So, what’s reality? Reality is context. What context do you see yourself in? What context do your students see you in?

Innovation is no longer starting at the top, it’s “trickle up”; with this comes many ways to “get it right”. That’s right, folks: there are multiple choices, we’re not a monoculture.

Then she told us the questions that students will ask when they think about the library. We need to think about them as we rethink our service to our community.

Question One: Is this my kind of place?

Often, the answer is based on past experience, on public perceptions. We need to address this. But how?

  • Trumpet our “green” practices. Students today are eco-conscious – they know that not all technologies are computer technologies. Tell them about the recycled paper in the copier… trumpet your energy saving techniques. Let them know that this is something you care about, too.
  • Make sure you’re well-equiped with both staff and wireless. Remember, to them, information = technology.
  • Williams encouraged us to “practice, dude!”. There are no digital natives, no digital immigrants. When you whine about not knowing/understanding/getting something, you’re losing ground with students: you ain’t got no street cred, no reliability. “We are in a culture of mastery: and we need to acknowledge that it’s difficult to be a novice again and again and again and again…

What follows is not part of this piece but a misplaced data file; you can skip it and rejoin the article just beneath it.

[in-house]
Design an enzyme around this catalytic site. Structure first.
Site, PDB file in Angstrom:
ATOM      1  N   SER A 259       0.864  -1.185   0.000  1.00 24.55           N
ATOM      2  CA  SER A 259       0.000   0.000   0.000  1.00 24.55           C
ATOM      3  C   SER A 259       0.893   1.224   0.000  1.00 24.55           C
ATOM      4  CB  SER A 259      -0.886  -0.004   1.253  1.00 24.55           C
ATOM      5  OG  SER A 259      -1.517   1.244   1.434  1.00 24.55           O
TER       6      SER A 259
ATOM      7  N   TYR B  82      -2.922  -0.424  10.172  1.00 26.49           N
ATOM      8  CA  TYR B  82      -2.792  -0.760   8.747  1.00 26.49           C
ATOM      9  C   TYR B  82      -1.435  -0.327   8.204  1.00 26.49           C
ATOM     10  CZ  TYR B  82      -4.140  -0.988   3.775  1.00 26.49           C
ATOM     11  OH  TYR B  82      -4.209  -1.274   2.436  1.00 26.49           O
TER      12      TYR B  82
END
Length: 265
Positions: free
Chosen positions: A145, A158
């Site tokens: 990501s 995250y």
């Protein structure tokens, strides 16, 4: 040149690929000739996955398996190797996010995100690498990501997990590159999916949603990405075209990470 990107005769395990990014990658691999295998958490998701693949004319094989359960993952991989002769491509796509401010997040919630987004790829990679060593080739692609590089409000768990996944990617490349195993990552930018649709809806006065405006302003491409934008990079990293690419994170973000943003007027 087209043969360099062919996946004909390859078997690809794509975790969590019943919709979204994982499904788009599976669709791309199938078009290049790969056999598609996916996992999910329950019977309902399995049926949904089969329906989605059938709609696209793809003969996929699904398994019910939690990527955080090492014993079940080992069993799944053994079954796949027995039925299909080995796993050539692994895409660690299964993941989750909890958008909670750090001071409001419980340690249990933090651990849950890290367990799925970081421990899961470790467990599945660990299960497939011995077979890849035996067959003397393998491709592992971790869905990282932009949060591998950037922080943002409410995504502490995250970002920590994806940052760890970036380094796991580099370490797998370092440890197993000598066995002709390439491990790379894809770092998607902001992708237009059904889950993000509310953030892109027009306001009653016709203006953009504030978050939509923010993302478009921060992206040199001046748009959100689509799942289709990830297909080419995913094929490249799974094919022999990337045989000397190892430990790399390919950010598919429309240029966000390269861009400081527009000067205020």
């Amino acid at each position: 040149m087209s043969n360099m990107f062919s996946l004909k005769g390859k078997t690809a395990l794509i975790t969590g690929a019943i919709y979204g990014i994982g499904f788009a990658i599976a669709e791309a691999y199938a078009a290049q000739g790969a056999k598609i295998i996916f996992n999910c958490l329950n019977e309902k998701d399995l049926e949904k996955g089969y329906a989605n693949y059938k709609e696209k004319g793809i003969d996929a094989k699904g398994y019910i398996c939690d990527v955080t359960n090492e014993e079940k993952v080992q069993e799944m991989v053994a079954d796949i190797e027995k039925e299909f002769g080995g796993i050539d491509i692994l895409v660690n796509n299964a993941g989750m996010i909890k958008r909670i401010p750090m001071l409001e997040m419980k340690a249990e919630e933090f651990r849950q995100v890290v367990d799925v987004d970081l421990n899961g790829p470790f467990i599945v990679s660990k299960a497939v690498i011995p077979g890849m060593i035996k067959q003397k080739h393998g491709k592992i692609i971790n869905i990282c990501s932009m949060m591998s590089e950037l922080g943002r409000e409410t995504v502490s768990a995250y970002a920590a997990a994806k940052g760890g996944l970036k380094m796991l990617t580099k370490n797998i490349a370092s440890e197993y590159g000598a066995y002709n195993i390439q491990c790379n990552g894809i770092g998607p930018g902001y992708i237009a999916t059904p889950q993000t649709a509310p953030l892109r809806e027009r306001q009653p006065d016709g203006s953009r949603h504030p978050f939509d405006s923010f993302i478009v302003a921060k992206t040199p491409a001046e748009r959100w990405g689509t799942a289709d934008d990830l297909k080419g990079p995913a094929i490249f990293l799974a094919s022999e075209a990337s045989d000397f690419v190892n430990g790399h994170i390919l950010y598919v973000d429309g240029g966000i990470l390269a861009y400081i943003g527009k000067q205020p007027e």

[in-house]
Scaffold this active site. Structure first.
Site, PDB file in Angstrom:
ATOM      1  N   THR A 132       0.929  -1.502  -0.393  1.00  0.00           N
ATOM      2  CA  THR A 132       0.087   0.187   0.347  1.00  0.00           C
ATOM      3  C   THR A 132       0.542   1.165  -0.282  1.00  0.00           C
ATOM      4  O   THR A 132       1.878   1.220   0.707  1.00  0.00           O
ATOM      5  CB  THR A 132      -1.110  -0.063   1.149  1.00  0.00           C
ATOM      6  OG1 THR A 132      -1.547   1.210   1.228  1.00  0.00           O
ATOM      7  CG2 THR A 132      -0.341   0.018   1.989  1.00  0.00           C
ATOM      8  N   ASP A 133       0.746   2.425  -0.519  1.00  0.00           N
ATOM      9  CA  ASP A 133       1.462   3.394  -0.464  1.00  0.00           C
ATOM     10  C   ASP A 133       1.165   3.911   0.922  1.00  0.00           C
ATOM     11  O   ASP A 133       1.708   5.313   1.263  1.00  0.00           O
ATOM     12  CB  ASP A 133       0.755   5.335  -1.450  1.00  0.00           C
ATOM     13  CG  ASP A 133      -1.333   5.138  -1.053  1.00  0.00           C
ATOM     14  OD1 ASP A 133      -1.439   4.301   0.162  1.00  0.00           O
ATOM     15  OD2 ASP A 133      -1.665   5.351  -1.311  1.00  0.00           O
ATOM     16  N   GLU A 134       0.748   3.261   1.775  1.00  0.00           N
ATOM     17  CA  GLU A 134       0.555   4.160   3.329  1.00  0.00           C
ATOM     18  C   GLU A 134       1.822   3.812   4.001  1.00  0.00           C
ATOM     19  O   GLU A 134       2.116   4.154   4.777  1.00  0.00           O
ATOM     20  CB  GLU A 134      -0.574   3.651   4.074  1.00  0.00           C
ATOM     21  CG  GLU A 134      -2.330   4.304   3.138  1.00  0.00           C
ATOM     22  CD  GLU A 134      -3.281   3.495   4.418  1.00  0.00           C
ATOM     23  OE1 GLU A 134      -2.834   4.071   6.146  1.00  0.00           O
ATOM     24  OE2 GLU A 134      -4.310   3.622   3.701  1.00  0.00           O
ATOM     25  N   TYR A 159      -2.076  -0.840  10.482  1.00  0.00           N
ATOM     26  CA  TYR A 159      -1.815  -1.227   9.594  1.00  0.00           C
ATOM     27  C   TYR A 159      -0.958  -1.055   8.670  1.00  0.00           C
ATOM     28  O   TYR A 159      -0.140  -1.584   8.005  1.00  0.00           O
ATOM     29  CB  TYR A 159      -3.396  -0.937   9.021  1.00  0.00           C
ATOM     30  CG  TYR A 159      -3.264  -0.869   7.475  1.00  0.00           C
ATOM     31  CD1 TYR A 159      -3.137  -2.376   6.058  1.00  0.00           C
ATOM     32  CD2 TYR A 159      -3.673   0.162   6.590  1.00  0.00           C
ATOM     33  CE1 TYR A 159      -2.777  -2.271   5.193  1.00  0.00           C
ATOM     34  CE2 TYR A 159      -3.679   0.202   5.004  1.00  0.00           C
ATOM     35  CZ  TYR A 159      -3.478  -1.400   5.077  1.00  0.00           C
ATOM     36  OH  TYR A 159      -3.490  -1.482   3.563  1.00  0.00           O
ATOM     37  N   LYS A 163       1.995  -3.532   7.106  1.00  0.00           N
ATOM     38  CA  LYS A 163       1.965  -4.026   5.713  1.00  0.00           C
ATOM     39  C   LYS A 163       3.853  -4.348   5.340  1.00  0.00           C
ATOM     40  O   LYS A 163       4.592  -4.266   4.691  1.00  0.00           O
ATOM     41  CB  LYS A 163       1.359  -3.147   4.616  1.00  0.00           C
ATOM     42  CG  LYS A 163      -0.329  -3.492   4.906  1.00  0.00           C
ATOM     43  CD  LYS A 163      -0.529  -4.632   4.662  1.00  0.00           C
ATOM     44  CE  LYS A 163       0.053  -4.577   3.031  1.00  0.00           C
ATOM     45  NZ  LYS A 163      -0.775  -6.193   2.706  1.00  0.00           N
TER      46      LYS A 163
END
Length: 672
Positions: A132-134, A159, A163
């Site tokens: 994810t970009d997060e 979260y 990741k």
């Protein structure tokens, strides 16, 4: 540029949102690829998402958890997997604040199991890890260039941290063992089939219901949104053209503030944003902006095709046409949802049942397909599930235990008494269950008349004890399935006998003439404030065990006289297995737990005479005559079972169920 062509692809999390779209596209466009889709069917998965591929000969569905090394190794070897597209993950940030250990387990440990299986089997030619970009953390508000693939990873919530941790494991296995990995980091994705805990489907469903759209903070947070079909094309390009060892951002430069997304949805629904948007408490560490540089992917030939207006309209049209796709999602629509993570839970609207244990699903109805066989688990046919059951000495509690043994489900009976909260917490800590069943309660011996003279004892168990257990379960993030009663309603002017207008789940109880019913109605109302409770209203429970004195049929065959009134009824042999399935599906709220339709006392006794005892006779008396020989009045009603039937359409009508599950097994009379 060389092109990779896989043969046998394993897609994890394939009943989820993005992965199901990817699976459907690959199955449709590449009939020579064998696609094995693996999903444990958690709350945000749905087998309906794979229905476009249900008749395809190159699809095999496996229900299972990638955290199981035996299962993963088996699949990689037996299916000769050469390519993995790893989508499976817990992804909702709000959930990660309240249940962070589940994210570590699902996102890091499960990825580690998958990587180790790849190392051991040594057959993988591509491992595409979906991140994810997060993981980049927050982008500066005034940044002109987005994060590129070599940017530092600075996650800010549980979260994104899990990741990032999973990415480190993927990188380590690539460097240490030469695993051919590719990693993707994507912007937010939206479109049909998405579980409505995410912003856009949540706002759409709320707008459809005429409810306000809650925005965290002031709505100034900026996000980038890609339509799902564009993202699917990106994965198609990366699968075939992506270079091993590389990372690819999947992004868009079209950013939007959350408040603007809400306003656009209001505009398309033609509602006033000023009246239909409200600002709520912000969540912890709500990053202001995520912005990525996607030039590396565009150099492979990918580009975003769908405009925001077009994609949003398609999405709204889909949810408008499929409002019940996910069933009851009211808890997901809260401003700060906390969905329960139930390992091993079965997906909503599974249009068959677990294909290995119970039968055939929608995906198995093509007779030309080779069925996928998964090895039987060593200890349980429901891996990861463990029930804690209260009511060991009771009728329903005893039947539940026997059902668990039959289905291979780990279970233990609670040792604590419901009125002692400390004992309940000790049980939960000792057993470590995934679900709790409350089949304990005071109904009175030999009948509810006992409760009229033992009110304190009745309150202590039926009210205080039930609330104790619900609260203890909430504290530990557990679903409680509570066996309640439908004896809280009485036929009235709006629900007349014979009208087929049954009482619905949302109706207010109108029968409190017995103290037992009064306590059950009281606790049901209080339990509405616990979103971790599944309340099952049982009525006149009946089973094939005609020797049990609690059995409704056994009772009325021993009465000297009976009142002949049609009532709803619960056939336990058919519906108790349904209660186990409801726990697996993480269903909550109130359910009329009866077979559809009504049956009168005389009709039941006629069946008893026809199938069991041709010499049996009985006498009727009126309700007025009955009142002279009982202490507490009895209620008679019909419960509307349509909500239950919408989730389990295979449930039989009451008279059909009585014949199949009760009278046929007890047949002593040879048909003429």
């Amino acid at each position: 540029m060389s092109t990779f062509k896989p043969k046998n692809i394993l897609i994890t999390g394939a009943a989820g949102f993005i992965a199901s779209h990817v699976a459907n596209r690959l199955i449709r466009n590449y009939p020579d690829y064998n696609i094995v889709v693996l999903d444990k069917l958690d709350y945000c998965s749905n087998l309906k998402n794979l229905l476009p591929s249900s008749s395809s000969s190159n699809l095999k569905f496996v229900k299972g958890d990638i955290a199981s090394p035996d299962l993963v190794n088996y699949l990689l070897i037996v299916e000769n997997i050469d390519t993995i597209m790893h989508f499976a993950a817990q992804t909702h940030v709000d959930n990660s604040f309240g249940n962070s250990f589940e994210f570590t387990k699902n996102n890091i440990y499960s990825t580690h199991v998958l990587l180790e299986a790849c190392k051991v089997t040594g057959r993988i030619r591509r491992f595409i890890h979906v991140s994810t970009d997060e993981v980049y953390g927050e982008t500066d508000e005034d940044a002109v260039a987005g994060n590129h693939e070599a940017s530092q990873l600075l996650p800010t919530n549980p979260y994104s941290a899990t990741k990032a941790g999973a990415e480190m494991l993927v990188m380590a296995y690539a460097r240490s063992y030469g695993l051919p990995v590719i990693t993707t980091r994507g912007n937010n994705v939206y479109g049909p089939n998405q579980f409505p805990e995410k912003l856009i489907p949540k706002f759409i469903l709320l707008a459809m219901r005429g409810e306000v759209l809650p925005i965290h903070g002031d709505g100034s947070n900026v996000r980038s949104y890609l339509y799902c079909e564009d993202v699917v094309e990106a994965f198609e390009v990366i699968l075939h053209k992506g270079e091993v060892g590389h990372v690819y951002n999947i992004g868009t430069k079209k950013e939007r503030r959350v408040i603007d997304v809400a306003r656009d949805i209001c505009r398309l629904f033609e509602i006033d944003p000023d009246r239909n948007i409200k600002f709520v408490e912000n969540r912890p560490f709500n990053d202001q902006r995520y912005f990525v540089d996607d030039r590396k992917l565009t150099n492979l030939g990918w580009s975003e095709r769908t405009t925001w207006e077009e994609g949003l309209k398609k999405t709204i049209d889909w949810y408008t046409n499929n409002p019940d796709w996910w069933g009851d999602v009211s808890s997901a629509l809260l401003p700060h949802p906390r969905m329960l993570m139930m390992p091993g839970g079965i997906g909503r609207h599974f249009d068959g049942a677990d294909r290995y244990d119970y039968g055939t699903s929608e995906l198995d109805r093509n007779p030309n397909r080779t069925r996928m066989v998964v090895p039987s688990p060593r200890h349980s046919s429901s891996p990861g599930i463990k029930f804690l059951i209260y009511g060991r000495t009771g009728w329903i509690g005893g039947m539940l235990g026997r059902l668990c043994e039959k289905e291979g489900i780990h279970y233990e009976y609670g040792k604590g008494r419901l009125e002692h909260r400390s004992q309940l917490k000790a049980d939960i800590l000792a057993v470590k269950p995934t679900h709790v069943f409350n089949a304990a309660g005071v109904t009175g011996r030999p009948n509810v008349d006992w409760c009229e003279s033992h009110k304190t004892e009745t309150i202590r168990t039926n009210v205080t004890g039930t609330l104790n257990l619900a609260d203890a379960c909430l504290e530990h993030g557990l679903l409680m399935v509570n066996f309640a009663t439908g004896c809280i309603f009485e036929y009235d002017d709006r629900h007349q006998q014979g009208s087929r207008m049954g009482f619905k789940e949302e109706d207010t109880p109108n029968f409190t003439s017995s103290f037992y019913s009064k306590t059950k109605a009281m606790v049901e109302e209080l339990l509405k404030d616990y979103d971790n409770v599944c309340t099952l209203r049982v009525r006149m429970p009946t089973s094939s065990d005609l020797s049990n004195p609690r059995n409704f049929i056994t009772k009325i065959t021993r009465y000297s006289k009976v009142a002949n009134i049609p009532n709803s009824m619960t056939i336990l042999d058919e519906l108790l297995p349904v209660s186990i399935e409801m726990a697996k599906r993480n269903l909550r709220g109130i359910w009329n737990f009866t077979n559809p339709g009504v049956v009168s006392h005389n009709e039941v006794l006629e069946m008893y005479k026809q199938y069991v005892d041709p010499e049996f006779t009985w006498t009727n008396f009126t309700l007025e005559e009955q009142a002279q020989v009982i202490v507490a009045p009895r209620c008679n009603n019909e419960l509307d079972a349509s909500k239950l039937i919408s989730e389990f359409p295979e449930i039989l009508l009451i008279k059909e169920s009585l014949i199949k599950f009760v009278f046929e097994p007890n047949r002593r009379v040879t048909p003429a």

• Can I try new things? Is the library simply a book place, or do we offer book arts? multi-media (both doing and watching)? new technologies? In other words, is the library an idea factory? Students want to get, apply and learn in one place (NB: teachers don’t think of us as a container, so we have to change that)
  • What does it look like? We’re talking furnishing here. Is it comfortable? Well-lit? Is there space for lounging and space for collaboration?
  • Does it emphasize the pleasure of learning? Start thinking in their terms – don’t use words like “Bibliographies” and “Pathfinders”, try “Easter Eggs” and “Cheat Codes”. Remember: you are the level keeper in SchoolQuest.

Question Two: Will I succeed?

  • They want an experience that does not require an assist; we need to create an environment that allows them to succeed on their own.